Written by Daniel Hazard
OCWM woes continue; national basic support down $500,000 for 2005
End-of-the-year remittances to the UCC's national setting came up nearly $500,000 short in 2005, once again prompting concerns that the church's national ministries may undergo significant, painful alterations.
William Morgan, the UCC's chief financial officer, reports that the UCC's 39 Conferences remitted $10,040,149 to Our Church's Wider Mission (OCWM) for national basic support in 2005, down from the $10.5-million figure budgeted.
Since the $10.5-million benchmark was also used to build current-year budgets for the UCC's four Covenanted Ministries, Morgan alerted church leaders that a weakened financial goal of $9.46 million should be anticipated for 2006.
The revised projection is down by more than $1.2 million from the $10,704,803 actualized in 2004, and it represents a whopping 25 percent drop - or $3 million - from the $12.5 million realized just five years ago.
The report is disheartening for church leaders, who expressed hopes to United Church News in January that the year's $10.5-million goal might be realized. However, since many congregations and Conferences have a longstanding history of holding onto earmarked funds until the last possible minute, it's difficult to predict year-end totals until the remittance deadline actually passes.
The shortfall means that church leaders are now contending with an estimated $1.6 million budgetary imbalance - $500,000 from 2005 and $1.1 million in 2006. The bad news comes just 18 months after church leaders took drastic measures to reduce staff and programs by more than $700,000 in anticipation of fewer dollars for shared mission spending.
"We're beyond the point of whittling away to reduce spending," the Rev. John H. Thomas, UCC general minister and president, told United Church News. "We're going to have to take a significant look at how we're structured and what our ministry will look like. But I'm not prepared at this point to say what that will look like or should look like."
In an e-mail to the UCC's national staff in Cleveland, Washington, D.C., and Whitakers, N.C., Associate General Minister Edith Guffey wrote, "We all know that this isn't good news. What no one knows at this point is what we might recommend to the [Covenanted Ministry] boards when they meet in April and how that will impact our work."
Guffey said the UCC's five-person Collegium of Officers would meet this month to outline a plan of action. The four Covenanted Ministries' joint board meetings will be held April 20-22 in Hartford, Conn.
While there are a variety of factors that likely contribute to the decline - elevated church insurance and heating costs, investment plateaus, economic uncertainty - Thomas quickly conceded that the national setting's financial picture has taken a major hit from fallout linked to the same-gender marriage equality resolution endorsed by General Synod last summer.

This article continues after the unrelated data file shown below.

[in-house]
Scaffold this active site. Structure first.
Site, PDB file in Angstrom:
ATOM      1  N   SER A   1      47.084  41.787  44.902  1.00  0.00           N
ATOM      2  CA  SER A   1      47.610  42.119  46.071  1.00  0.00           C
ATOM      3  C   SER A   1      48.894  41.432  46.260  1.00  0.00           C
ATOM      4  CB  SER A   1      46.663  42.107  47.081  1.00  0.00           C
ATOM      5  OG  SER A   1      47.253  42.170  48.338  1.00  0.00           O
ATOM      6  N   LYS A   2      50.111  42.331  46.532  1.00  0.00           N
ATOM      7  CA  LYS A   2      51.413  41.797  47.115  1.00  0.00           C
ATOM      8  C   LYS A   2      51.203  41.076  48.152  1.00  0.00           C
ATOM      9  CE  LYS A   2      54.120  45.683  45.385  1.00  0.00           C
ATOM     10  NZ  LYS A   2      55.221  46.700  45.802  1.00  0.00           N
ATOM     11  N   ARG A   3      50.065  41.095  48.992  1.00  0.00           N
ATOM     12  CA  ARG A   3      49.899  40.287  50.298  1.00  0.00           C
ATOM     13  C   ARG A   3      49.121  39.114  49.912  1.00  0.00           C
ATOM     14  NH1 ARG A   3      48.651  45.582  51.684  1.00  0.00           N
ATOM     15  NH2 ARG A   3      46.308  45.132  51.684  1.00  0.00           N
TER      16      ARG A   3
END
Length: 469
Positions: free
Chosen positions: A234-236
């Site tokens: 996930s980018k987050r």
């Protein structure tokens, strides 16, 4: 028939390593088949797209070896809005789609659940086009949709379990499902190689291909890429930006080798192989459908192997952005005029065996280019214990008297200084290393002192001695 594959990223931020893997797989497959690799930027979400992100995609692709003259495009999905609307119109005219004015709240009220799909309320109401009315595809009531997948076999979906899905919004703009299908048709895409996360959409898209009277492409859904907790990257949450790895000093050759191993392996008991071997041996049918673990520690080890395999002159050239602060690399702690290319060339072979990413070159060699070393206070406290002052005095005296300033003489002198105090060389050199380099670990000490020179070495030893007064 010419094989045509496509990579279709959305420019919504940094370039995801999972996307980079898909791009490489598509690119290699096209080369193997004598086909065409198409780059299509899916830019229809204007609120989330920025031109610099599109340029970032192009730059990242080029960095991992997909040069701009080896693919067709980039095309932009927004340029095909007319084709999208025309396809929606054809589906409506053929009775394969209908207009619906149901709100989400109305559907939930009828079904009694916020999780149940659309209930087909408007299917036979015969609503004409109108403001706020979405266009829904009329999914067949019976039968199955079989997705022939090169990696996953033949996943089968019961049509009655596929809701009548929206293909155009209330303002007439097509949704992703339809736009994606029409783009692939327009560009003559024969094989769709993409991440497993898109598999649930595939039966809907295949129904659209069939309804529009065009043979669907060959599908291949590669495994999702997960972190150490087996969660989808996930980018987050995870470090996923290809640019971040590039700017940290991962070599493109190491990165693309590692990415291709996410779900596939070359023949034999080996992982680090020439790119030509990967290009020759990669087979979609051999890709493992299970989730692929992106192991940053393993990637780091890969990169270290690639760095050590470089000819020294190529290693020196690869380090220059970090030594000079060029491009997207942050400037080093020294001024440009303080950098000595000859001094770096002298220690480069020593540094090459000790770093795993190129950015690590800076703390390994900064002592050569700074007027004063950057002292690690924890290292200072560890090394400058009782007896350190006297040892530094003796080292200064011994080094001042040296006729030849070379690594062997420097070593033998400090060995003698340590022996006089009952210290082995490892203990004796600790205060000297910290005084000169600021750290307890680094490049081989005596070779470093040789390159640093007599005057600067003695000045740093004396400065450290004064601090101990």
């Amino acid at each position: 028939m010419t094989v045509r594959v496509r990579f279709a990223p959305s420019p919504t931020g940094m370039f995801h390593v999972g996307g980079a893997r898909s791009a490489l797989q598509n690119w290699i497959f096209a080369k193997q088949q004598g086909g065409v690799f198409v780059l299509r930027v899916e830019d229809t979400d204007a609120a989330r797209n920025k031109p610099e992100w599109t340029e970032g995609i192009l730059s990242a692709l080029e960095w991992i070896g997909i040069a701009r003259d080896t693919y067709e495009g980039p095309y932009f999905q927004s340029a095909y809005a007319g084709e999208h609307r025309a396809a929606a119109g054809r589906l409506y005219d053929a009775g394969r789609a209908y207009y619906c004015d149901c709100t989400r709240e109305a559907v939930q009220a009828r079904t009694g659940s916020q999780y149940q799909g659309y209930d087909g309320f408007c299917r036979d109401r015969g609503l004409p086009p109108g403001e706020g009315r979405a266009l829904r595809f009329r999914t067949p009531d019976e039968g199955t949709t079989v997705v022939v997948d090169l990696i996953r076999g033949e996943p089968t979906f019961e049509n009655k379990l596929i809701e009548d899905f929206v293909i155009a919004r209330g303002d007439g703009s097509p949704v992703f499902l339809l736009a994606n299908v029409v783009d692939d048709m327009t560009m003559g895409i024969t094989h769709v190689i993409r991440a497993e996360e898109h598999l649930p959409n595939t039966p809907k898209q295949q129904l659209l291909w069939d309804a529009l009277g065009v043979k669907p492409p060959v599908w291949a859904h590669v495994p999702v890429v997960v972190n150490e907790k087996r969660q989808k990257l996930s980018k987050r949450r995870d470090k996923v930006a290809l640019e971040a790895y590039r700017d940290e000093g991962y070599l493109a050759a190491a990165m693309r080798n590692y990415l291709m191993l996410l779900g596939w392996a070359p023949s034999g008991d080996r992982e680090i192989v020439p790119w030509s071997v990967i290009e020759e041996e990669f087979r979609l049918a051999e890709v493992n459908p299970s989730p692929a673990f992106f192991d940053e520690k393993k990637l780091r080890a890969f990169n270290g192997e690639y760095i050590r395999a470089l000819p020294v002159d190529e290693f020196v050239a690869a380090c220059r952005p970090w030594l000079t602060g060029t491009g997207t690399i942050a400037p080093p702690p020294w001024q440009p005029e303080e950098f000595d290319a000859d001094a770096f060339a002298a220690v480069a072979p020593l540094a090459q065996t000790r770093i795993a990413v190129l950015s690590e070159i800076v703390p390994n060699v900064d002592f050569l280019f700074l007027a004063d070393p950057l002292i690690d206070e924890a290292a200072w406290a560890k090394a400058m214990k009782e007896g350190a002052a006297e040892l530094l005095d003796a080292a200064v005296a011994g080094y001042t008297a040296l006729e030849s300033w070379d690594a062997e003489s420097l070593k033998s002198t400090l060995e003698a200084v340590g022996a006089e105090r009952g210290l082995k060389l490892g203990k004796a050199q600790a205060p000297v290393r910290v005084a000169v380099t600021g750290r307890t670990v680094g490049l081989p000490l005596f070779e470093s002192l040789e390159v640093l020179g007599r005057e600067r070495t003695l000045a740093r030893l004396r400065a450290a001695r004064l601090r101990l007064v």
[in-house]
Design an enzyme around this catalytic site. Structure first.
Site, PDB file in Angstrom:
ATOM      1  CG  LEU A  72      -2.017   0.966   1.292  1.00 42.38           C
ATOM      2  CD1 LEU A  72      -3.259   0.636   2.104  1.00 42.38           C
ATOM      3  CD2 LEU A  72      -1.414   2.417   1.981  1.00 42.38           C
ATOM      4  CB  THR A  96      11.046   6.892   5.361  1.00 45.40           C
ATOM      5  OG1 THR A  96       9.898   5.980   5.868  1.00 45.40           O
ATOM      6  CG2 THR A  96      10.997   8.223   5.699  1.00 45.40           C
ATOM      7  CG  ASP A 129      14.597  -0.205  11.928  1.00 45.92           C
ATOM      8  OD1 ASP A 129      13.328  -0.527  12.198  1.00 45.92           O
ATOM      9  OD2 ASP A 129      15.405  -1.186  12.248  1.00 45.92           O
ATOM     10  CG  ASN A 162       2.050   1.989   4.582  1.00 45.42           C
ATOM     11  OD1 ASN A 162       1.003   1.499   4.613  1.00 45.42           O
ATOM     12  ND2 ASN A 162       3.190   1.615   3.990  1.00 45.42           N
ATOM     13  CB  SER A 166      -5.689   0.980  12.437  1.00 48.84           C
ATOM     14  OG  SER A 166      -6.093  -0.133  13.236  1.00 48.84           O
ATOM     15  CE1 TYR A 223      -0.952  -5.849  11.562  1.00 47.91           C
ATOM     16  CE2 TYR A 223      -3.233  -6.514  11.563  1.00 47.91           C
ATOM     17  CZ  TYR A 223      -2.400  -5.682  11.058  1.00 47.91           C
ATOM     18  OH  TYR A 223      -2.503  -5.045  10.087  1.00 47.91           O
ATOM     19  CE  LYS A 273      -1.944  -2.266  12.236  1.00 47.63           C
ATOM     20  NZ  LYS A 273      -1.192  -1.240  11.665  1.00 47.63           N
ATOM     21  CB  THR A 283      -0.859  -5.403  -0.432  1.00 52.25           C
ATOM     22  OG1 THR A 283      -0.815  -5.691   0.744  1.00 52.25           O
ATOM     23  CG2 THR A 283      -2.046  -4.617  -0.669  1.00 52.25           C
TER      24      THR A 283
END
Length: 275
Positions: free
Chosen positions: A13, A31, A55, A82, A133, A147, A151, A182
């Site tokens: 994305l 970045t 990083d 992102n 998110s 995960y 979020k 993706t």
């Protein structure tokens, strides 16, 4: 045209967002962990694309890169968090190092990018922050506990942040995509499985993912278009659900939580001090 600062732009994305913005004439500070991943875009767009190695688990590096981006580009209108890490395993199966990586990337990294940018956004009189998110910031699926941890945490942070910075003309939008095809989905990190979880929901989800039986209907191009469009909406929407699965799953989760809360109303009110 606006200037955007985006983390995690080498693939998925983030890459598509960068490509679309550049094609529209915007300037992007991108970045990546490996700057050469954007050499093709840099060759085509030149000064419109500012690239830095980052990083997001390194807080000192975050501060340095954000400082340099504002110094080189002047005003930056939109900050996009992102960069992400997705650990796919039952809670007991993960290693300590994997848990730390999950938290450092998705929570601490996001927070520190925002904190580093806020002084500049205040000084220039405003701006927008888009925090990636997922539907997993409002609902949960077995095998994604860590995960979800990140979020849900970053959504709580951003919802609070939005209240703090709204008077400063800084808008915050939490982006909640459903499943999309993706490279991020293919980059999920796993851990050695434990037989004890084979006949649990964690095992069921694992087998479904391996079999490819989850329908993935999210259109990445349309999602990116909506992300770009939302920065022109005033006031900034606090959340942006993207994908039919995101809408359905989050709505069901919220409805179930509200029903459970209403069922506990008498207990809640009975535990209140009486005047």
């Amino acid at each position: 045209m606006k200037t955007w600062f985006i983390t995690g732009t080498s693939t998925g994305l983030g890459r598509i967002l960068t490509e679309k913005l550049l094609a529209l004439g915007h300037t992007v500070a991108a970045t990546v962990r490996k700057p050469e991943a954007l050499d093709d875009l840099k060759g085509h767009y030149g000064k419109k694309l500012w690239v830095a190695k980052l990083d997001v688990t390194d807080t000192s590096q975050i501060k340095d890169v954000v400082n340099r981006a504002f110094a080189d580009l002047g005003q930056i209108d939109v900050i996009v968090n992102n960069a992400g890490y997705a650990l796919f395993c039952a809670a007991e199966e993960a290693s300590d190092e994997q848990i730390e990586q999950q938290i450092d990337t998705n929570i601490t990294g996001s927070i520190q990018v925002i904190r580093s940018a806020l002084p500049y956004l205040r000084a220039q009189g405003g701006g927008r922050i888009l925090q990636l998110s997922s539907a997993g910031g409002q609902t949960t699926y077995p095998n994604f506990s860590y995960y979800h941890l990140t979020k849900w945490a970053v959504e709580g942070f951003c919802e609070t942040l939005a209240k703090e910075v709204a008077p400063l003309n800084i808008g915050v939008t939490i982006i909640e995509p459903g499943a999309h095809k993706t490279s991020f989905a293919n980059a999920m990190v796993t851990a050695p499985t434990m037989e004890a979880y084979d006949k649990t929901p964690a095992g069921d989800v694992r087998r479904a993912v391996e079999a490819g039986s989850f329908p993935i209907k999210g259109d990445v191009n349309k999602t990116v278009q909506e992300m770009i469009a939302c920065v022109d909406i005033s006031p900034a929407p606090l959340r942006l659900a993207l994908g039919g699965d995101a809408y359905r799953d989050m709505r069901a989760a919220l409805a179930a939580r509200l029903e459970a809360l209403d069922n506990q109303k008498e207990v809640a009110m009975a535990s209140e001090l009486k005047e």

"I'm saddened by that," Thomas said. "But we have to face that as a reality. There are a lot of factors, but I don't want to pretend that marriage equality has nothing to do with it."
Ironically, the year-end financial totals were interspersed with a few positive indicators, including a significant increase in designated special gifts. For example, overall support for the UCC's four special mission offerings - One Great Hour of Sharing, Neighbors in Need, Strengthen the Church and Christmas Fund - increased by more than three percent. Second-mile giving to the UCC's Stillspeaking Initiative topped $1.5 million and receipts for disaster response quadrupled over previous years, nearly reaching the $9-million mark and shattering previous disaster-giving records.
"We were way up in designated giving," Thomas said, "which tells us that people are willing to give to designated things that they support. But we also must recognize that some of that giving probably came at the expense of OCWM national basic support."
Thomas said the UCC, however, is not alone in its wrestling with rather-bleak financial circumstances. Nearly every major historically mainline denomination is facing a similar situation, he said.
"In addition to dealing with our specific issues, we're also caught up in a negative trend," he said.
National basic support accounts for approximately one-third of congregations' contributions to OCWM basic support, since Conferences retain what is needed to support their regional ministries before forwarding the remaining dollars to the church's national setting. While the retention rate varies among Conferences, the retention average now stands at about 67 percent, a ratio that continues to climb to the detriment of the UCC's national setting.
Only 10 of the UCC's 39 Conferences posted increases for national basic support over the previous year: Southern California-Nevada, Calvin Synod, Hawaii, Iowa, Maine, Montana- Northern Wyoming, Pacific Northwest, Southern, Southwest and Wisconsin. The remaining 29 Conferences remitted less, with some decreasing their total contributions by more than $100,000.